Château de Montauban
Open from June 2 until September 26, 2022 (Closed on Mondays and Tuesdays)
The demand for the quarried stone drove both the population and the economy of Fontvieille. The Roman amphitheatre (arena), ramparts, and theatre in Arles included Fontvieille limestone. Stone was vital in building the Barbegal aqueduct, which supplied water to Arles. Rock quarried and cut in Fontvieille was also used for the nearby Abbey of Montmajour between the 10th and 13th centuries. While you are in Fontvieille, please stop at the lavoir (public wash house), where you can almost hear the old gossip flowing as the village women did their laundry.
When it’s hot in Marseille, the Iles de Frioul are a great way to escape the city heat. Catch a ferry from the Vieux Port for a short ride to the archipelago of four islands. During the summer months, ferries run from the Vieux Port regularly. You can easily spend a day hiking the trails or lounging on the beaches of Ratonneau.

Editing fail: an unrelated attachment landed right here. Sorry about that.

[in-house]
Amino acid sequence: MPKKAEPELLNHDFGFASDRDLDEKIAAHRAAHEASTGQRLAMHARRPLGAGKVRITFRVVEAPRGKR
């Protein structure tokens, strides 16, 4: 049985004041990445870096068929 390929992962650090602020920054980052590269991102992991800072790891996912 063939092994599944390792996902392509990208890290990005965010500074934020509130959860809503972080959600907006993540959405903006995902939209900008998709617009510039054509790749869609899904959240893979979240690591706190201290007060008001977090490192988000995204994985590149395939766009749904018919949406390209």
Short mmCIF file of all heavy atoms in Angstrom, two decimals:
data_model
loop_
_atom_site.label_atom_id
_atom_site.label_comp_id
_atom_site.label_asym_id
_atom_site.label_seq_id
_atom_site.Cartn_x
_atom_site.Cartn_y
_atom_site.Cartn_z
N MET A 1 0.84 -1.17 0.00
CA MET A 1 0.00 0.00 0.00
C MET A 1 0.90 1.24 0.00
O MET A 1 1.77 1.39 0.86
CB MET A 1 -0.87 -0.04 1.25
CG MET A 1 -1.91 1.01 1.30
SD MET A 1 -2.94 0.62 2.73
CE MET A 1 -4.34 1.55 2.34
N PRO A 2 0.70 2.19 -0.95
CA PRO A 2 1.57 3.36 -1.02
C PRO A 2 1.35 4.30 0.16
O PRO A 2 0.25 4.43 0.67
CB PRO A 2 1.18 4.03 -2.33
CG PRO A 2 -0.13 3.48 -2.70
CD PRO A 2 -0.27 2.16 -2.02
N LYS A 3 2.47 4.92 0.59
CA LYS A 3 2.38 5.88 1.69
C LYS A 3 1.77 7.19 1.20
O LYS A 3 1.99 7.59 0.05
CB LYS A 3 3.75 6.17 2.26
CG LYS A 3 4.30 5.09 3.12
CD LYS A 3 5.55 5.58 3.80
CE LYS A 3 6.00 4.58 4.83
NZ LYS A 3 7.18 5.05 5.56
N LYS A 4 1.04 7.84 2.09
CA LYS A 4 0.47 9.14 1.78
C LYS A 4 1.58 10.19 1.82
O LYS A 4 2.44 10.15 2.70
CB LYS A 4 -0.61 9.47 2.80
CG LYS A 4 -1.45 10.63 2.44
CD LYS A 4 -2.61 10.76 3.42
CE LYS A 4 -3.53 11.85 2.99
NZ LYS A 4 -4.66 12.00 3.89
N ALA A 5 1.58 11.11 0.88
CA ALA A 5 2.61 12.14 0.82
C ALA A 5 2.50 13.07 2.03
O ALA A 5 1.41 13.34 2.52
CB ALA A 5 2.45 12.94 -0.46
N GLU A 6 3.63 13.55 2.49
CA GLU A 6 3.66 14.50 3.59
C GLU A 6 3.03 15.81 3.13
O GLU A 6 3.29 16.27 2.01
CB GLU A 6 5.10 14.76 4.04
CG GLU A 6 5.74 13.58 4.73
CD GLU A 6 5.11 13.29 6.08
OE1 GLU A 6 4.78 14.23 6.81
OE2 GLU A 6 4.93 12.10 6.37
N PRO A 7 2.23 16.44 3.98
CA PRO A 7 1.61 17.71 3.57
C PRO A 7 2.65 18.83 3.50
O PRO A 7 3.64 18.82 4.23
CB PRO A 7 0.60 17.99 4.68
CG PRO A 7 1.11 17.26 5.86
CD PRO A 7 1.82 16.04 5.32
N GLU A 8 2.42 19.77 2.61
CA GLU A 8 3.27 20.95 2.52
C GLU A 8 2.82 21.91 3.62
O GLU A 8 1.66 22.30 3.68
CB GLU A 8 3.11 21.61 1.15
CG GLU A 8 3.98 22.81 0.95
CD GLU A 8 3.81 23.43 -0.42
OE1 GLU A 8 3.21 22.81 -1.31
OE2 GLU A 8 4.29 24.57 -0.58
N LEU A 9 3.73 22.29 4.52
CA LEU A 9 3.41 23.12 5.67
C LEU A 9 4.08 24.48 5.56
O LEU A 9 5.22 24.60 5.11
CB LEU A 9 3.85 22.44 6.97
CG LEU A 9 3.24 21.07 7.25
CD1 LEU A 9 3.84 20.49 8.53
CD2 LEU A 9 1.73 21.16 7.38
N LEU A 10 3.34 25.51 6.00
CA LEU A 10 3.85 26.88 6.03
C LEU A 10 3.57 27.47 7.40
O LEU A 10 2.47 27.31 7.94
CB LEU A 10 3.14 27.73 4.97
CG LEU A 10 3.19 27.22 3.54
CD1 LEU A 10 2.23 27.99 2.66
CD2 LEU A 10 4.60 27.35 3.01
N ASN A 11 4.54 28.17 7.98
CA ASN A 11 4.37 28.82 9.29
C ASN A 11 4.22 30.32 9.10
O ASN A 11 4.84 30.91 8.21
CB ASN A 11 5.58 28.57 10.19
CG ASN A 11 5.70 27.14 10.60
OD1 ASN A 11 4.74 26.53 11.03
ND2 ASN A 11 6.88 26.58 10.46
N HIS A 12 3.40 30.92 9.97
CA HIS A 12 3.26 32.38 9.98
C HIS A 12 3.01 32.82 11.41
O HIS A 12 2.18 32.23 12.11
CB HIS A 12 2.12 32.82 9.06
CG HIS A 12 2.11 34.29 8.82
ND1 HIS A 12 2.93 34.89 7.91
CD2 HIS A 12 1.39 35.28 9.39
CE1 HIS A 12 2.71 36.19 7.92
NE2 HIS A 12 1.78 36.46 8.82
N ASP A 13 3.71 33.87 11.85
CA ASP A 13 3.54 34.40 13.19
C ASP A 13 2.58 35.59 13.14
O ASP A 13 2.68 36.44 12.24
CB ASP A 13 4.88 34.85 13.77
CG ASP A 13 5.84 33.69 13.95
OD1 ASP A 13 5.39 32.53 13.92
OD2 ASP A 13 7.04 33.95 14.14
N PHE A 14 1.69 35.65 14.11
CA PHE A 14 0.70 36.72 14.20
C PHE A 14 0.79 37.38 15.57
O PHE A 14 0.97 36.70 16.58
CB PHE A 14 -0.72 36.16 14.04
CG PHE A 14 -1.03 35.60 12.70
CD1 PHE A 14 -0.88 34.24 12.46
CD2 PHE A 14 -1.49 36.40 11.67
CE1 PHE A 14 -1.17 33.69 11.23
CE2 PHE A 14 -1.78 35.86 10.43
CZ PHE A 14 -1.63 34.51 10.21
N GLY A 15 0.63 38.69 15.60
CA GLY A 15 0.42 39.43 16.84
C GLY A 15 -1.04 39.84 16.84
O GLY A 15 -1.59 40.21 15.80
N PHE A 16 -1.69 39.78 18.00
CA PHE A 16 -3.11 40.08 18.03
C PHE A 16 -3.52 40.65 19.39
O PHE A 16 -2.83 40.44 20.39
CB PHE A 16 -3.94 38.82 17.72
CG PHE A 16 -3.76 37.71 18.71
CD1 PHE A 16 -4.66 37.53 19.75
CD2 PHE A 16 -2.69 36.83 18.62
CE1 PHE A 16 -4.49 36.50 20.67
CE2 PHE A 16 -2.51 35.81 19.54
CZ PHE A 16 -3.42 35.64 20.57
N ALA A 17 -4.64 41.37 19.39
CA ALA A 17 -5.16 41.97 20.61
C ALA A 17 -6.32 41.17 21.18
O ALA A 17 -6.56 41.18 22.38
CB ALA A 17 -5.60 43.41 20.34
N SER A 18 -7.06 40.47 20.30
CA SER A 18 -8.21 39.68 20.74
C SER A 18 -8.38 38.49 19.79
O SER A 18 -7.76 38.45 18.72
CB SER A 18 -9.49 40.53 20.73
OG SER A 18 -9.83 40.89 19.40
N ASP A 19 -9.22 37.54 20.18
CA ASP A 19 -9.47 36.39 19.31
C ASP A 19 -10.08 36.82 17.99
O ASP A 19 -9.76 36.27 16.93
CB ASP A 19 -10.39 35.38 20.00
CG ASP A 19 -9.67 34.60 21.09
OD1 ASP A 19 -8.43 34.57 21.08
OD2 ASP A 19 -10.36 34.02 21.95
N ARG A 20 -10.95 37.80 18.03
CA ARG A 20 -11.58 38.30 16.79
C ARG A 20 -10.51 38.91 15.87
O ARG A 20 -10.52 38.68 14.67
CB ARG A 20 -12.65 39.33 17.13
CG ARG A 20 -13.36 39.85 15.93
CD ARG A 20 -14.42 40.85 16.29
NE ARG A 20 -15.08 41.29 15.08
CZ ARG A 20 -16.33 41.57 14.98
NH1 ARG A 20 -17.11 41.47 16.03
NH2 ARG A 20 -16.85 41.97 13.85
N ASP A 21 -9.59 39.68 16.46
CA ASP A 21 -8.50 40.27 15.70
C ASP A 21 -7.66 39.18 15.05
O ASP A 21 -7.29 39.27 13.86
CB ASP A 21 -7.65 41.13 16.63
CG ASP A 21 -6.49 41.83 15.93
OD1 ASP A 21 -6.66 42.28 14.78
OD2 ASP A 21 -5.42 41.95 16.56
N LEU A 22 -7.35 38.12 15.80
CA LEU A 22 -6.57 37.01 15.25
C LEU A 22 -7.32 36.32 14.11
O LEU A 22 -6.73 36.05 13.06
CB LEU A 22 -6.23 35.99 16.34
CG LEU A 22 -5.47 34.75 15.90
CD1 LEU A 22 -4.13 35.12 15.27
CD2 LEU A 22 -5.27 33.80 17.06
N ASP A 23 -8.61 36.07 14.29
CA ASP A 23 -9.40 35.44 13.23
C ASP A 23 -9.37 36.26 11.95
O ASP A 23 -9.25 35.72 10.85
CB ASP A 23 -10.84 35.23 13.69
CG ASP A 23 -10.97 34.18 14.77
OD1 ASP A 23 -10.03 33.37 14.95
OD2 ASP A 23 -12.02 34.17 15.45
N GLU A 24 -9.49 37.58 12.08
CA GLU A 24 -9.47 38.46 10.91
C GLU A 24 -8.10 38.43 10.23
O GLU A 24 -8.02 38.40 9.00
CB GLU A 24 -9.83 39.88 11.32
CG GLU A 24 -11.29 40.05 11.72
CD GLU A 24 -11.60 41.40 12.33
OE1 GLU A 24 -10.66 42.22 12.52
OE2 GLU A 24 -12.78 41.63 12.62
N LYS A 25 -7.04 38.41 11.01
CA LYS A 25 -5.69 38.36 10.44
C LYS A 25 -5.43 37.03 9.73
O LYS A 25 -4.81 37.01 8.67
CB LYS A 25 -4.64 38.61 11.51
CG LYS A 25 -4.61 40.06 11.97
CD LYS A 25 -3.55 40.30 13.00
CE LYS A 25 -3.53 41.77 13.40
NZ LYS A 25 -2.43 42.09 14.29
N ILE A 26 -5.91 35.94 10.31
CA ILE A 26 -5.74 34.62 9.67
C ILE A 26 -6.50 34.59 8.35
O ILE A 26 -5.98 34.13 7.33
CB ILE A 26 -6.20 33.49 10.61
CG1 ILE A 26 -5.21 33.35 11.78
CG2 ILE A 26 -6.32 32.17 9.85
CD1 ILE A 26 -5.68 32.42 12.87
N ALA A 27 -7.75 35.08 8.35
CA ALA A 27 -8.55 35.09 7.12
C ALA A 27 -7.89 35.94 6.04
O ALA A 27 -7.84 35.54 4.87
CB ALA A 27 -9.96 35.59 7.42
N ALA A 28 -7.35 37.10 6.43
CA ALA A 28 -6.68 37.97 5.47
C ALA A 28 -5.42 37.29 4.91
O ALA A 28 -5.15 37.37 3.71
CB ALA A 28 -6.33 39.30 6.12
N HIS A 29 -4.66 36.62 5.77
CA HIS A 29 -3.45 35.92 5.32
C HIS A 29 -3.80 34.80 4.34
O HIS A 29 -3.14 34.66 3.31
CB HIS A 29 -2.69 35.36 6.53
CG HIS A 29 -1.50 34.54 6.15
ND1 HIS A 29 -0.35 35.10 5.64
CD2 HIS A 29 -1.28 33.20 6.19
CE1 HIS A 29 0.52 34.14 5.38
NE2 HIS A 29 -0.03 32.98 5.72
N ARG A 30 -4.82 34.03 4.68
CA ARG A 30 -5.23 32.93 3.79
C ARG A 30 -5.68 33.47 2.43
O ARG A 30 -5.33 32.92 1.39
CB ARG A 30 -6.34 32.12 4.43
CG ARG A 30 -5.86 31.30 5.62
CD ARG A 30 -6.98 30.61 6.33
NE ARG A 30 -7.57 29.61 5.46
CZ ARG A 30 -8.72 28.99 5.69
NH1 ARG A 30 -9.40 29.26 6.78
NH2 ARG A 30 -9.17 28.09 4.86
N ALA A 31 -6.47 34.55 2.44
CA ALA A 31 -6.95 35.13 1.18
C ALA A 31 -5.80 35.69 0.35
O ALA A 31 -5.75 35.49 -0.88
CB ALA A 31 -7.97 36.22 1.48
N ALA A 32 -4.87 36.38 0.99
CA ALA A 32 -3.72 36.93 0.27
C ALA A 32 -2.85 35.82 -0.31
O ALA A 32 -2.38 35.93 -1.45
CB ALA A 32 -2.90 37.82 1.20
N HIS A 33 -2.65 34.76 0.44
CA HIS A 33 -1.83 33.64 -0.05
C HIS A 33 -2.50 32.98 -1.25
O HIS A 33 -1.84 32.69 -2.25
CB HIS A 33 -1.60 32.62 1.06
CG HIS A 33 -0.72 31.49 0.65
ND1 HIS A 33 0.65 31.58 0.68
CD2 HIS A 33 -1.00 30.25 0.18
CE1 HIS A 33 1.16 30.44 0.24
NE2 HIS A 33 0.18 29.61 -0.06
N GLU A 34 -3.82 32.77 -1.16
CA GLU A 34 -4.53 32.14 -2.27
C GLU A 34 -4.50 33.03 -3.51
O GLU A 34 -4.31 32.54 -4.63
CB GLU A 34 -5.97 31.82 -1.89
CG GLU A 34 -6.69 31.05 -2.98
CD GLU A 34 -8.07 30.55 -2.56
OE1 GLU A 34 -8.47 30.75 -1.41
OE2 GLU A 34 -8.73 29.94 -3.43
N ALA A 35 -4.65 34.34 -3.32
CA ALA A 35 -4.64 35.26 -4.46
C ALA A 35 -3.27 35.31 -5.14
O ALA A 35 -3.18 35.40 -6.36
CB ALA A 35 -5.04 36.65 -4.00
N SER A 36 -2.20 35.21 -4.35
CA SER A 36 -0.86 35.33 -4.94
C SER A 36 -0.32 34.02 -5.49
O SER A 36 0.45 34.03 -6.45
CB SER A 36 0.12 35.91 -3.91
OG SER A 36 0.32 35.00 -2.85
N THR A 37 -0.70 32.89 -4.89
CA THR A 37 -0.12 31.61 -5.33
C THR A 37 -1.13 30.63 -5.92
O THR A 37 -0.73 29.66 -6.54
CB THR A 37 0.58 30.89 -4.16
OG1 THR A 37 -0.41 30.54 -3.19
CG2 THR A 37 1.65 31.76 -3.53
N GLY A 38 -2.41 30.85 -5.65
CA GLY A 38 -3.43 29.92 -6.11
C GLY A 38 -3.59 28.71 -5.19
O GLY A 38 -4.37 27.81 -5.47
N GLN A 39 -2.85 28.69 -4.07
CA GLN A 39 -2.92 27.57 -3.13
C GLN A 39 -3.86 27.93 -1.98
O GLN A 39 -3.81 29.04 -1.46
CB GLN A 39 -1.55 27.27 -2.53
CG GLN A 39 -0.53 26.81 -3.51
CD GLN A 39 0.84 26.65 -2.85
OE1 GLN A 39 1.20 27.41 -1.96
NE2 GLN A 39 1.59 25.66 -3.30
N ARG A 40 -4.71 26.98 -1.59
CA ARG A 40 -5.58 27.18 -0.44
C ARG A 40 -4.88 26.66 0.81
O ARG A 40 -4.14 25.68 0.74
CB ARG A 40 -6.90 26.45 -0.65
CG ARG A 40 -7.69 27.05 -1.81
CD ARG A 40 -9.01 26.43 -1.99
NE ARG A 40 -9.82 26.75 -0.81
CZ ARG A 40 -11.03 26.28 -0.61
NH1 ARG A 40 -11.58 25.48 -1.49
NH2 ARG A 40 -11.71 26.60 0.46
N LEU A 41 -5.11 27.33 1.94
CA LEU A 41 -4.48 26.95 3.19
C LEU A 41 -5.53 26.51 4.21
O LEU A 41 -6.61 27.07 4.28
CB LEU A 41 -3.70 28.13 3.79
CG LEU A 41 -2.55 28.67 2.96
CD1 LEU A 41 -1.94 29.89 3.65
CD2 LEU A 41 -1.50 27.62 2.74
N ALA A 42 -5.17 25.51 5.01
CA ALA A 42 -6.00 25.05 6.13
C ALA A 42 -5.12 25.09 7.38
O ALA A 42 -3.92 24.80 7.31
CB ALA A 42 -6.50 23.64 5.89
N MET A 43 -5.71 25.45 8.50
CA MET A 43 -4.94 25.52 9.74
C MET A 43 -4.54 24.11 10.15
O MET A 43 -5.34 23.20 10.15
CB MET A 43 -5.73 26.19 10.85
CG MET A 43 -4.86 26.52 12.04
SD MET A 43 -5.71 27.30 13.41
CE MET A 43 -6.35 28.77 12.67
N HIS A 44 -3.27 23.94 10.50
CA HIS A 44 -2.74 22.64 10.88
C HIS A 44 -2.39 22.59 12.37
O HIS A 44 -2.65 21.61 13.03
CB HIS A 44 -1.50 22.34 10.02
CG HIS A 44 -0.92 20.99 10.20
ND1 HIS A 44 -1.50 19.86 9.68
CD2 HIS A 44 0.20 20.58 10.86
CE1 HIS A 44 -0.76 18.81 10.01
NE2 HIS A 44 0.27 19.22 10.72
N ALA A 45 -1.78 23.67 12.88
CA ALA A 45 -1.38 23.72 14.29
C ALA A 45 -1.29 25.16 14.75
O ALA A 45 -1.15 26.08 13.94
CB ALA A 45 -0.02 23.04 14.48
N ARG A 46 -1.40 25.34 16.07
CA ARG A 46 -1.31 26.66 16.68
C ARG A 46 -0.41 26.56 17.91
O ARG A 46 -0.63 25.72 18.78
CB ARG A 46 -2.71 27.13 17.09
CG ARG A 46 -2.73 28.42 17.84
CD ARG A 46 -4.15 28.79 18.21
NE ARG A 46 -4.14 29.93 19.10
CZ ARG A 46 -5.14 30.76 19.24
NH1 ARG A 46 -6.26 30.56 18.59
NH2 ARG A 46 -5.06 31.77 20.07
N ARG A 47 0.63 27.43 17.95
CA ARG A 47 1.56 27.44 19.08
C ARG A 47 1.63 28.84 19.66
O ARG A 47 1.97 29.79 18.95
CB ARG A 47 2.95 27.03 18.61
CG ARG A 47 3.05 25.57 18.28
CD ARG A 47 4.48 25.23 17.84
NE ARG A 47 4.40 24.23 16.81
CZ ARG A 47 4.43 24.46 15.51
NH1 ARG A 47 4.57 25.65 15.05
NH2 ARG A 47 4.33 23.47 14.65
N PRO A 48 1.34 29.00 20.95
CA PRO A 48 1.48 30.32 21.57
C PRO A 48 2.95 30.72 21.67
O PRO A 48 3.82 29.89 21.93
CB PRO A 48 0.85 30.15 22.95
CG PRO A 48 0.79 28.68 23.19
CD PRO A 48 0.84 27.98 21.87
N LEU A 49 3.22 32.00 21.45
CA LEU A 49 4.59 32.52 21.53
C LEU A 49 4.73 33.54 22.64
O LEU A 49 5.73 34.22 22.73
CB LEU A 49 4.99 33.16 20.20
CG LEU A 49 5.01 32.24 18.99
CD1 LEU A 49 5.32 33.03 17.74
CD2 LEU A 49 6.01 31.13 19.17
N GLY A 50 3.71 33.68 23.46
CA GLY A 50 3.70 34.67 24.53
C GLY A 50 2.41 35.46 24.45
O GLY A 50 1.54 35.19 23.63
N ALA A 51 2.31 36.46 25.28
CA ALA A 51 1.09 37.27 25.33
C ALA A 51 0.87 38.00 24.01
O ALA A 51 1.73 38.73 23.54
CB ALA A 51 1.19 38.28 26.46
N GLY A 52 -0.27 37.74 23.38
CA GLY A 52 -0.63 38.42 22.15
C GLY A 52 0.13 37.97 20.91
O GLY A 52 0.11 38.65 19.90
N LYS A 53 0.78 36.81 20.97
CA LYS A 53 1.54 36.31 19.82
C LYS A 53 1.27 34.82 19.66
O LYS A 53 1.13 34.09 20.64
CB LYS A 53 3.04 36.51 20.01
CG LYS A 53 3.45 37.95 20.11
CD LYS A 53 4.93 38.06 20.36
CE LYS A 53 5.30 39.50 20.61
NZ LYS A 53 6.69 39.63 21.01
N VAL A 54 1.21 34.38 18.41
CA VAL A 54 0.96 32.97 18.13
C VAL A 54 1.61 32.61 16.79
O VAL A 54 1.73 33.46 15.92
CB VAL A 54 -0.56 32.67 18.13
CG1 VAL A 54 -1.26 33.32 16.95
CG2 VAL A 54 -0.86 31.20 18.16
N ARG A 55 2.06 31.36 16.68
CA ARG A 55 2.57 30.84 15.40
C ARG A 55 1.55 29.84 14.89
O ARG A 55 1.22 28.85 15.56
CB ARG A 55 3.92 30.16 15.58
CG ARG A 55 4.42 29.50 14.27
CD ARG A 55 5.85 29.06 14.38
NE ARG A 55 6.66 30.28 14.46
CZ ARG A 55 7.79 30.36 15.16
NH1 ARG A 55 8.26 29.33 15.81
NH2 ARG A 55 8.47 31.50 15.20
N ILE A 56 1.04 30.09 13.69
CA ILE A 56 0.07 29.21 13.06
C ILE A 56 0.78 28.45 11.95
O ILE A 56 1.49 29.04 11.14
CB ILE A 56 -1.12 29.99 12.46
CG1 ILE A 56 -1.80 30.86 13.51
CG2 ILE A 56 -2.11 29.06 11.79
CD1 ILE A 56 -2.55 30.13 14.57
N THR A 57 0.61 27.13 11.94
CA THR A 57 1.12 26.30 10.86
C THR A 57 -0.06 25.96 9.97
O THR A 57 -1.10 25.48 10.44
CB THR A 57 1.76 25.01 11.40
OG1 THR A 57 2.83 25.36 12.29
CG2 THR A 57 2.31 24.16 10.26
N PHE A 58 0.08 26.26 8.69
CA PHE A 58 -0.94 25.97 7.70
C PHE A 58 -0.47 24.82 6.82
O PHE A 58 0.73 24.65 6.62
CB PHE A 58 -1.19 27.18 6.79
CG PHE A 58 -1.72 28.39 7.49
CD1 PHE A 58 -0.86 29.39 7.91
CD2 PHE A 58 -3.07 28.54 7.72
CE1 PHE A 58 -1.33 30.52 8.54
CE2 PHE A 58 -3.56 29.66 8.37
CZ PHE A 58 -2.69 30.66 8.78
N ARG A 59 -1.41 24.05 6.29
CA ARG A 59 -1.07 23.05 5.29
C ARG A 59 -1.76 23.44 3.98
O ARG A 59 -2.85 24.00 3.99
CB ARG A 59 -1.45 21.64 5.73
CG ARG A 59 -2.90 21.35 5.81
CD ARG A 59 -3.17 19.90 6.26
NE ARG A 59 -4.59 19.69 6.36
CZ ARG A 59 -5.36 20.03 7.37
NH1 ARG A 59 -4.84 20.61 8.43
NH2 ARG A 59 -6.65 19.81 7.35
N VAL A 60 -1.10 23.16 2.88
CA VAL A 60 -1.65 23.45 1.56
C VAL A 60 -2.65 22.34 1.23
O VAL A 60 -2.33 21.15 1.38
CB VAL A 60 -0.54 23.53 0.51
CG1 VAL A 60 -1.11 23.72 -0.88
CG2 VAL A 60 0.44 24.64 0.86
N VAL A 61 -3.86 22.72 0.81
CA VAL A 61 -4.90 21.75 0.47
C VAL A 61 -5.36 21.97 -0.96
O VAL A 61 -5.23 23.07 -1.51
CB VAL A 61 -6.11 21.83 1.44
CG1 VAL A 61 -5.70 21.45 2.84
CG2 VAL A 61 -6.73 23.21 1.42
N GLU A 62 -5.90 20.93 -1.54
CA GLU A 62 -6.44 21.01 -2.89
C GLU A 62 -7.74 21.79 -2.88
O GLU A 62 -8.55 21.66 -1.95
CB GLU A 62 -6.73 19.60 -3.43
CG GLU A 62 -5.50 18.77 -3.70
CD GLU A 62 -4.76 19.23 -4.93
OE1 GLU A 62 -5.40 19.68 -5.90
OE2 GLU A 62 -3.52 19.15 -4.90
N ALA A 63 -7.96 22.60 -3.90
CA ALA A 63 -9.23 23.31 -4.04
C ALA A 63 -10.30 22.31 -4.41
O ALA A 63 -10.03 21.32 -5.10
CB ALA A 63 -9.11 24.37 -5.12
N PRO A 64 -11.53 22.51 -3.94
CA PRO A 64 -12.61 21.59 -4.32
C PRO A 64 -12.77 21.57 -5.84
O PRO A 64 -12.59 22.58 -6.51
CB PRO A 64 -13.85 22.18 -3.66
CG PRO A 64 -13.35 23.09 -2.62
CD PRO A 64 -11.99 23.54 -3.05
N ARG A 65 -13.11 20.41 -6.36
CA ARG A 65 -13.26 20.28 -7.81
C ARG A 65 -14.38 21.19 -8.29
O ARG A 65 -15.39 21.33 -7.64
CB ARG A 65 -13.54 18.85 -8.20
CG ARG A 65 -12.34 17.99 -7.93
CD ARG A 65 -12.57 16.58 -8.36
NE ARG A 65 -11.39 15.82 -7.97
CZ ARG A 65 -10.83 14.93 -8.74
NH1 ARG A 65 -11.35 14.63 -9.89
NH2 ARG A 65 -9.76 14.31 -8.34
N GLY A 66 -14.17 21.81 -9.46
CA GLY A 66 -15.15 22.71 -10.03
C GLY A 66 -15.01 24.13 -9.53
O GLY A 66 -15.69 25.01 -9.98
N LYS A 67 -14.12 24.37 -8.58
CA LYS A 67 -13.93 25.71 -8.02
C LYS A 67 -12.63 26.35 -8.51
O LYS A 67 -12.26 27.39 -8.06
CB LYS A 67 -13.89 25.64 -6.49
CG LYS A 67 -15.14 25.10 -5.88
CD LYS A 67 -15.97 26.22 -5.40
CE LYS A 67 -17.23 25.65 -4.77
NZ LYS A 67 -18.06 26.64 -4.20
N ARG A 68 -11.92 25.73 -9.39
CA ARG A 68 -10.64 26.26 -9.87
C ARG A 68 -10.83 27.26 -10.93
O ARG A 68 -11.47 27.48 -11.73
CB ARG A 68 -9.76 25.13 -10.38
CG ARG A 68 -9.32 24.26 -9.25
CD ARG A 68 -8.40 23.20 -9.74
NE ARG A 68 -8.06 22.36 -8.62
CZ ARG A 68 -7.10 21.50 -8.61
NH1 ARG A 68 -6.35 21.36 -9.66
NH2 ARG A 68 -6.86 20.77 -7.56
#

Do not miss visiting If, the smallest island with its fortress-prison Château d’If. Barely more than a rocky outcrop from the Mediterranean, the imposing stone fortress built during the reign of King Francis I (1515-47) dominates the island. The King expected Château d’If to provide protection for Marseille and the coastline from invading forces. After his death (1580-1871), the fortress became an island prison, like Alcatraz but with slightly warmer water. However, it is probably The Count of Monte Cristo by Alexandre Dumas that has fueled Château d’If’s fame since the novel’s publication in 1844.
Château de Saumane
Today, the population of the perched village of Saumane is less than 1000 people (935
according to a 2015 survey). The road leading to the town and Château de Saumane skirts a massive rock wall, which speaks to the castle’s past as a strategic, defensive outpost. Until the 13th Century, the hamlet fell within the Comtat Venaissin, the territory ruled by the Counts of Toulouse. After that time, Saumane fell under the Papal enclave that radiated from Avignon.